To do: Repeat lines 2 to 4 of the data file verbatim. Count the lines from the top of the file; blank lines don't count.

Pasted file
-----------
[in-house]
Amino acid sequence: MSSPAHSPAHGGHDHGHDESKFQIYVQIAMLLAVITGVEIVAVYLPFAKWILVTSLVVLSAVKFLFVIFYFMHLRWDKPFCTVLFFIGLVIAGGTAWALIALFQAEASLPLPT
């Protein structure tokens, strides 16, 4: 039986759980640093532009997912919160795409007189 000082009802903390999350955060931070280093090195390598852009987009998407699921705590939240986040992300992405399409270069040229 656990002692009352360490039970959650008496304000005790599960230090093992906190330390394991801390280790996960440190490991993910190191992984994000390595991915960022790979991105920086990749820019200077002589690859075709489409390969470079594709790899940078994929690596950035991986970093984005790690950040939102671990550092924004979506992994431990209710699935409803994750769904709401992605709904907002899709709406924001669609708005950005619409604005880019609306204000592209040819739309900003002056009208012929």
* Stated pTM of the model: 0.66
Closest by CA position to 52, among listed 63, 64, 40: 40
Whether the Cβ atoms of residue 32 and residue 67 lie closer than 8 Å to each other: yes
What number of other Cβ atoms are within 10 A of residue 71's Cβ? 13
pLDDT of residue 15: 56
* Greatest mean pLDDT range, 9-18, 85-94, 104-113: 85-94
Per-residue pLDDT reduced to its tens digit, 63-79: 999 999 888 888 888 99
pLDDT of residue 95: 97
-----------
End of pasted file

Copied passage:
Amino acid sequence: MSSPAHSPAHGGHDHGHDESKFQIYVQIAMLLAVITGVEIVAVYLPFAKWILVTSLVVLSAVKFLFVIFYFMHLRWDKPFCTVLFFIGLVIAGGTAWALIALFQAEASLPLPT
């Protein structure tokens, strides 16, 4: 039986759980640093532009997912919160795409007189 000082009802903390999350955060931070280093090195390598852009987009998407699921705590939240986040992300992405399409270069040229 656990002692009352360490039970959650008496304000005790599960230090093992906190330390394991801390280790996960440190490991993910190191992984994000390595991915960022790979991105920086990749820019200077002589690859075709489409390969470079594709790899940078994929690596950035991986970093984005790690950040939102671990550092924004979506992994431990209710699935409803994750769904709401992605709904907002899709709406924001669609708005950005619409604005880019609306204000592209040819739309900003002056009208012929």
* Stated pTM of the model: 0.66